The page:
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Beit Midrash Series P'ninat Mishpat

Chapter 367

Damages from Water Pressure

The plaintiff (=pl) is an agricultural company located in a moshav (=def), which is a go-between pl and Mekorot (the water utility). In the summer of 2007, Mekorot doubled the water pressure to def, shortly after pl planted 60 dunams of grape vines (at a cost of appr. 1,000,000 shekels, including installation of a sprinkling system). The system could not handle the increased water pressure, causing serious leaks. The cost of fixing the system and paying for lost water was 30,000 shekels. Pl blames def for not informing them about the change in pressure, which pl claims is def’s responsibility as the liaison between Mekorot and the farmers. Def claims that they are just a funnel for payment, and that in any case, Mekorot did not inform def. (Pl claims that def should have received notice.) During negotiations between the sides with the involvement of Mr. A, pl was told that the regional council would pay for half of the damages, which they ultimately did not do. There is a dispute whether this indicates that def accepted that pl should be compensated, which def should then carry out, explaining why pl is demanding 15,000 shekels from def. Mr. A testified that the regional council agreed to pay half, which sufficed for pl, and there was not discussion about a case in which they would not carry it out, but Mr. A reasons that def should pay in that case.
Various RabbisIyar 17 5776
80
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(ruling 74043 of the Eretz Hemdah-Gazit Rabbinical Courts)
P'ninat Mishpat (575)
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Case: The plaintiff (=pl) is an agricultural company located in a moshav (=def), which is a go-between pl and Mekorot (the water utility). In the summer of 2007, Mekorot doubled the water pressure to def, shortly after pl planted 60 dunams of grape vines (at a cost of appr. 1,000,000 shekels, including installation of a sprinkling system). The system could not handle the increased water pressure, causing serious leaks. The cost of fixing the system and paying for lost water was 30,000 shekels. Pl blames def for not informing them about the change in pressure, which pl claims is def’s responsibility as the liaison between Mekorot and the farmers. Def claims that they are just a funnel for payment, and that in any case, Mekorot did not inform def. (Pl claims that def should have received notice.) During negotiations between the sides with the involvement of Mr. A, pl was told that the regional council would pay for half of the damages, which they ultimately did not do. There is a dispute whether this indicates that def accepted that pl should be compensated, which def should then carry out, explaining why pl is demanding 15,000 shekels from def. Mr. A testified that the regional council agreed to pay half, which sufficed for pl, and there was not discussion about a case in which they would not carry it out, but Mr. A reasons that def should pay in that case.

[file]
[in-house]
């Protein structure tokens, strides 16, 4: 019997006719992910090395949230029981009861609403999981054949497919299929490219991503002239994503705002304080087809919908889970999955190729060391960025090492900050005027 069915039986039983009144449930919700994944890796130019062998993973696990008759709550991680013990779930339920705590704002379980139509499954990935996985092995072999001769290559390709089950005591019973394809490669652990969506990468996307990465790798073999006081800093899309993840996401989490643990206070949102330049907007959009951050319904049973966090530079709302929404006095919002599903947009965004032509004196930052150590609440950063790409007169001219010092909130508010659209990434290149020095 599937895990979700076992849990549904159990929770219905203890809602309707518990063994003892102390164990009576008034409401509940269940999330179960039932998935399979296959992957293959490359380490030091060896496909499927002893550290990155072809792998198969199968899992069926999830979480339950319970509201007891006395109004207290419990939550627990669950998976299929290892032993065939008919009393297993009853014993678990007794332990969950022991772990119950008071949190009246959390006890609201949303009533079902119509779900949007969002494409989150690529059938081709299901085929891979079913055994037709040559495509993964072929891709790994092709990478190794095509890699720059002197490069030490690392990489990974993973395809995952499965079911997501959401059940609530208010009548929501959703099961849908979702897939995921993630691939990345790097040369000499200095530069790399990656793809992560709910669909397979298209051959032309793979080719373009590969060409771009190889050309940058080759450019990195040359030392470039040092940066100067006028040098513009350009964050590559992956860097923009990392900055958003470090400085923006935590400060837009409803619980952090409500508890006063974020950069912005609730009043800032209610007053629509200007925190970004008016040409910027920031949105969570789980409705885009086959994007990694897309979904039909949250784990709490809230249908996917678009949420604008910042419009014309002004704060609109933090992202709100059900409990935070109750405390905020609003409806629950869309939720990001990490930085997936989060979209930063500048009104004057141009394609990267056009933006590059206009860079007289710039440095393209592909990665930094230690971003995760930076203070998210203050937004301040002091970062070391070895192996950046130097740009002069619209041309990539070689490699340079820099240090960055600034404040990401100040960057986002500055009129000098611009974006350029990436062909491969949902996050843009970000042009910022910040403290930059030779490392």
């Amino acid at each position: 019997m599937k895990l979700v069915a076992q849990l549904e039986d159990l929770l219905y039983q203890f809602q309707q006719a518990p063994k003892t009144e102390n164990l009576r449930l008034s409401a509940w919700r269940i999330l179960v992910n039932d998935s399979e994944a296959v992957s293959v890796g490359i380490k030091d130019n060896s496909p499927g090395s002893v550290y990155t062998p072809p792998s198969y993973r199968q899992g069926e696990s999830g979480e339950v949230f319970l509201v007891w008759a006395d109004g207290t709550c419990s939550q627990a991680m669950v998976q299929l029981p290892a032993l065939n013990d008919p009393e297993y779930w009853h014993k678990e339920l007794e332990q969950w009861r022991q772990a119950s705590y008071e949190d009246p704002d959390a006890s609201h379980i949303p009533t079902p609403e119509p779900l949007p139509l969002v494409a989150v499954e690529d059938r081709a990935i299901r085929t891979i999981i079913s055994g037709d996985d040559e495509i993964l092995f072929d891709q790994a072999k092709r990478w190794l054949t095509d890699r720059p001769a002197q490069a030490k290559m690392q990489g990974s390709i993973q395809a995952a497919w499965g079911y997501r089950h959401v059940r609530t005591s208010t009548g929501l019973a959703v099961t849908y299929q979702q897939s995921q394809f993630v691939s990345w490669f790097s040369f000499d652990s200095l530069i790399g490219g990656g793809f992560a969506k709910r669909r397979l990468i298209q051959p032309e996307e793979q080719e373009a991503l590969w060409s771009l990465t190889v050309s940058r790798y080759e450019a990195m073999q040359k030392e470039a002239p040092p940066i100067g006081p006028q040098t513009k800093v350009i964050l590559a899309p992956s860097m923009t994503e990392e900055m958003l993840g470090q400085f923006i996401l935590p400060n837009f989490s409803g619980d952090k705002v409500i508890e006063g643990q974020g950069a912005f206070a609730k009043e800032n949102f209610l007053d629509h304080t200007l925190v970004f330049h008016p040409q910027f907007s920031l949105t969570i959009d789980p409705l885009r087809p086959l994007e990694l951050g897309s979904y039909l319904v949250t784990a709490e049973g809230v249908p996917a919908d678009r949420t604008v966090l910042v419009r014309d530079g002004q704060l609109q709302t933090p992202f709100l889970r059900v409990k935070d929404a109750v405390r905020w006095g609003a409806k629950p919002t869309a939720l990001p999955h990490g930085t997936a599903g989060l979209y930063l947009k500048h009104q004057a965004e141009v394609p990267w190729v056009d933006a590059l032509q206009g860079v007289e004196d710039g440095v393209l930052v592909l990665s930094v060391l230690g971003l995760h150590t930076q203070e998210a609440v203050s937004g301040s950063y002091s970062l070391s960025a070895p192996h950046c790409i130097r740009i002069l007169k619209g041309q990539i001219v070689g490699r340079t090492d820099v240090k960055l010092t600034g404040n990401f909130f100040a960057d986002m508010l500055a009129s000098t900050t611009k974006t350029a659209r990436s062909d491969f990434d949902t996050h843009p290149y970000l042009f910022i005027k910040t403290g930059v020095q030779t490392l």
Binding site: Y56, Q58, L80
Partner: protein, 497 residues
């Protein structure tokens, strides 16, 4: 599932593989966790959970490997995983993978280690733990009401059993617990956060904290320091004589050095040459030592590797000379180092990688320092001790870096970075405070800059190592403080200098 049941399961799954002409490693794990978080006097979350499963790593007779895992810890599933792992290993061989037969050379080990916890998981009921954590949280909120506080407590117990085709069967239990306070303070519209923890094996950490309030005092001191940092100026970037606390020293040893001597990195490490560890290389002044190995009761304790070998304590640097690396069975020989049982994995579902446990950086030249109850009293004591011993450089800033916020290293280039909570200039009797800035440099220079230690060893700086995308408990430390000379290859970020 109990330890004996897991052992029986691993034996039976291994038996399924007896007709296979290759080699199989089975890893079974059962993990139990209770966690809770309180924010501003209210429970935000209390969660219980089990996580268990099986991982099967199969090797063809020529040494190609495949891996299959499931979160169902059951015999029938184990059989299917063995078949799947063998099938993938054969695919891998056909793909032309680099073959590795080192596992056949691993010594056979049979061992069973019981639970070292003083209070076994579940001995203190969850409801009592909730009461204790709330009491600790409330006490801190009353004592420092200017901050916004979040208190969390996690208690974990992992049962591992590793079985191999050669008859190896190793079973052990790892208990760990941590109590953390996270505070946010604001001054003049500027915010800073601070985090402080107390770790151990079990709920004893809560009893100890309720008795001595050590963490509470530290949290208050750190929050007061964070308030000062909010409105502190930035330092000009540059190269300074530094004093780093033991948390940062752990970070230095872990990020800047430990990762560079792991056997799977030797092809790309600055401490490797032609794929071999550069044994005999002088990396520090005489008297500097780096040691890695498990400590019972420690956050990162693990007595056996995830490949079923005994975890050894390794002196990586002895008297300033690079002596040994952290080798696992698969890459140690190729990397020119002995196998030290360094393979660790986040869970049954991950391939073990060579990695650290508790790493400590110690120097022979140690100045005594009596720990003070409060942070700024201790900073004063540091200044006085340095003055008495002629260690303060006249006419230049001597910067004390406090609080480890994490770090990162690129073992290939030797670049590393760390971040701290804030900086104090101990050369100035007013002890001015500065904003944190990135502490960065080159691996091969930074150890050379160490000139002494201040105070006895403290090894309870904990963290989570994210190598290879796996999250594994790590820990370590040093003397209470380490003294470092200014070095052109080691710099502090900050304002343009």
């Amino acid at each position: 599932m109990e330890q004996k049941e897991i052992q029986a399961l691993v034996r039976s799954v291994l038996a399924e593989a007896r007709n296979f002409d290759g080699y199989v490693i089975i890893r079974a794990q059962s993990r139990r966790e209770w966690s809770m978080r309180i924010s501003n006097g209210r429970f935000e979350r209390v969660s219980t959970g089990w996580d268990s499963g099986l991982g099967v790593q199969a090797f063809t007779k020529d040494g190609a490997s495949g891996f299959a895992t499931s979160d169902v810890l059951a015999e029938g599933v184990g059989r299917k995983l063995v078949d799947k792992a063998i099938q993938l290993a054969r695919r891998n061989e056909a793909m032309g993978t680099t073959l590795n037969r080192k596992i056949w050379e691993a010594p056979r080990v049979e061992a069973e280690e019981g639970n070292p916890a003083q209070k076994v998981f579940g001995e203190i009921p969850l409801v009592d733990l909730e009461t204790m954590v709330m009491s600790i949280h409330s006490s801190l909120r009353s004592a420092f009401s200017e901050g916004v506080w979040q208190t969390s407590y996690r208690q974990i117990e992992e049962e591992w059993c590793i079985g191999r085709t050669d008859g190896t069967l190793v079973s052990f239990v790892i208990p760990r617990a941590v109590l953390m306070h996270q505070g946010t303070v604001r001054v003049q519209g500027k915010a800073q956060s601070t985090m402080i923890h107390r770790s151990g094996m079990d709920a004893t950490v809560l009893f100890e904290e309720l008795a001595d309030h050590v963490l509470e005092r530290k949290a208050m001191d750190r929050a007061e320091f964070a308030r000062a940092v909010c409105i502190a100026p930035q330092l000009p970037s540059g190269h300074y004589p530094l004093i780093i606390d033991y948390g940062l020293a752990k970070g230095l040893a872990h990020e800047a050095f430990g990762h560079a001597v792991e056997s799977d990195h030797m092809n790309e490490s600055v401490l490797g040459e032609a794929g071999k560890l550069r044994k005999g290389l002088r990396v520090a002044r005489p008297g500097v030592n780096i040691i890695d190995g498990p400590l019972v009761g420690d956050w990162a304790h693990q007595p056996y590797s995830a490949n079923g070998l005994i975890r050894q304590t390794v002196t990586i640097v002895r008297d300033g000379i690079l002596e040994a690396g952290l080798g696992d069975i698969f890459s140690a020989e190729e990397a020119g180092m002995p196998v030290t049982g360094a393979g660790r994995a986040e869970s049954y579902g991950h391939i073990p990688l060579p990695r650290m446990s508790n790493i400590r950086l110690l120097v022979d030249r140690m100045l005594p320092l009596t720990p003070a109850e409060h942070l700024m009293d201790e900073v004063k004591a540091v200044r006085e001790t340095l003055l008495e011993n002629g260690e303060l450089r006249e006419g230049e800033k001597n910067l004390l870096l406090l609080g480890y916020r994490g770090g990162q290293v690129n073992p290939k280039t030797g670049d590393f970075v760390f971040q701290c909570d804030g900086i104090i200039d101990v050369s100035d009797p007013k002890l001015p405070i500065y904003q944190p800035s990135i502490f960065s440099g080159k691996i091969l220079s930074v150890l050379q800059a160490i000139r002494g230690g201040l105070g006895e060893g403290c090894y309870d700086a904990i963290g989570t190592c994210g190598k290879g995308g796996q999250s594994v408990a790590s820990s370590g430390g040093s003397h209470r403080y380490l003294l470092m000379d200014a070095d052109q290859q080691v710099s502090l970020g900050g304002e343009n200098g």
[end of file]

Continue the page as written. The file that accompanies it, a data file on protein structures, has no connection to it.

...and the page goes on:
Ruling: It is not possible to obligate def based on the rules of direct damages because it was actually pl who directly caused the damage when it operated the sprinkling system.
Sometimes one can be obligated for indirect damage when he caused his friend to rely upon him and then did not act as he promised. One example is when Reuven tells Shimon to travel to a court for adjudication and then Reuven himself did not come (Rama, Choshen Mishpat 14:5). In our case, one should be able to rely on having water provided in a manner that will not cause damages. Thus, if pl sued Mekorot, they would have a strong case, especially here, when after planting the vine saplings, they need to water the vineyard promptly. Even after seeing there was damage, pl still did the right thing by continuing to water the vines, in order to prevent the greater loss of the vines dying.
However, def only accepted upon itself to help in arrangements with Mekorot. In the meantime, they are doing their part by agreeing to cooperate if pl sues Mekorot. It was also def’s responsibility to pass on communication from Mekorot. However, they deny having received such communication. Furthermore, pl does not claim to know that def received notification; pl just (reasonably) assumes it. Therefore, there are insufficient grounds to obligate def.
Regarding what was said during negotiations, def was aware that the plan was for the Regional Council to pay for half the damages. However, there is no evidence that def accepted upon itself to ensure that pl would receive such a sum. The fact that Mr. A thinks that this is the correct thing to do is a matter of his judgment, not of testimony.
Therefore, pl’s claim is rejected.
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